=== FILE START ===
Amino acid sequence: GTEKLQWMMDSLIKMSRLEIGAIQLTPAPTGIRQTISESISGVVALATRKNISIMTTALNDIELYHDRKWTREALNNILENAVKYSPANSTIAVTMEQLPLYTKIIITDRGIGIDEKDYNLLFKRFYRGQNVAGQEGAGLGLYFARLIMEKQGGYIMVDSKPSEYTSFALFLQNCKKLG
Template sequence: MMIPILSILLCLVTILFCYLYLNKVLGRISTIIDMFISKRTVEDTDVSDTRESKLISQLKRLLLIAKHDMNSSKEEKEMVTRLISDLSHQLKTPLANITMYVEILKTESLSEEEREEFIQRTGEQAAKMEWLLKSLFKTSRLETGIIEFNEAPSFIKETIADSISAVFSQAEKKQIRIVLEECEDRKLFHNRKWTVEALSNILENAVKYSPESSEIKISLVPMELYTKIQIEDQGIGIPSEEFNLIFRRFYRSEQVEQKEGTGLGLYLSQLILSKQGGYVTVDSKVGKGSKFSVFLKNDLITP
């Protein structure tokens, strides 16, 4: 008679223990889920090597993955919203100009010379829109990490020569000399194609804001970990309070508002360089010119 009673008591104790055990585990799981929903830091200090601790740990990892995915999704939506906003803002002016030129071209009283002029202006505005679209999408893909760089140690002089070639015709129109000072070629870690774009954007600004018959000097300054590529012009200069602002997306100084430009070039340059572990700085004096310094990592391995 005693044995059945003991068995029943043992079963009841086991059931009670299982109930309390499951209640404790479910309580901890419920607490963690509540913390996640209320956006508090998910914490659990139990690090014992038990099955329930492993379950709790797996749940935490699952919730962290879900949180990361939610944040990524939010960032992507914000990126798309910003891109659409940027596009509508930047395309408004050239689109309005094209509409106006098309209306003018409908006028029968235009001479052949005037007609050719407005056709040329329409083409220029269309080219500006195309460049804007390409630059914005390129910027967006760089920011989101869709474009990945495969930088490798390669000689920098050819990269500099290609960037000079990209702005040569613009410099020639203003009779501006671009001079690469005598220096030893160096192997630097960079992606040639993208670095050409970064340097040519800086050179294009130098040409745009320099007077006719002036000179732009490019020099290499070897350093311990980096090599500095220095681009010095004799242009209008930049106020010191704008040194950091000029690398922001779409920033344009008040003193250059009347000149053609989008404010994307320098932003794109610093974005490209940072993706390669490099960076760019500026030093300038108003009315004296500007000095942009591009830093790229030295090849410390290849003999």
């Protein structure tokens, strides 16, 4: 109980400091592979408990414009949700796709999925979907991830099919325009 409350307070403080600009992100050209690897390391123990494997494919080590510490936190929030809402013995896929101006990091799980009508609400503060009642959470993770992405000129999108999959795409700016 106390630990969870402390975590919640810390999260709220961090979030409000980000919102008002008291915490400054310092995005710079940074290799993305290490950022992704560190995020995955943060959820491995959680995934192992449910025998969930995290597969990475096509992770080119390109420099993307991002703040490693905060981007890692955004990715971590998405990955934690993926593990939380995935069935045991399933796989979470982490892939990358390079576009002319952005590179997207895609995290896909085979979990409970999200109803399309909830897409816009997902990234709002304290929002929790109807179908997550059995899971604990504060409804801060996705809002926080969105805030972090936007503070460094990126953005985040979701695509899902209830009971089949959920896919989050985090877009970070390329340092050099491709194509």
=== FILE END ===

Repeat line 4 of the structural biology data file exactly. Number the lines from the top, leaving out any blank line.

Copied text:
């Protein structure tokens, strides 16, 4: 109980400091592979408990414009949700796709999925979907991830099919325009 409350307070403080600009992100050209690897390391123990494997494919080590510490936190929030809402013995896929101006990091799980009508609400503060009642959470993770992405000129999108999959795409700016 106390630990969870402390975590919640810390999260709220961090979030409000980000919102008002008291915490400054310092995005710079940074290799993305290490950022992704560190995020995955943060959820491995959680995934192992449910025998969930995290597969990475096509992770080119390109420099993307991002703040490693905060981007890692955004990715971590998405990955934690993926593990939380995935069935045991399933796989979470982490892939990358390079576009002319952005590179997207895609995290896909085979979990409970999200109803399309909830897409816009997902990234709002304290929002929790109807179908997550059995899971604990504060409804801060996705809002926080969105805030972090936007503070460094990126953005985040979701695509899902209830009971089949959920896919989050985090877009970070390329340092050099491709194509």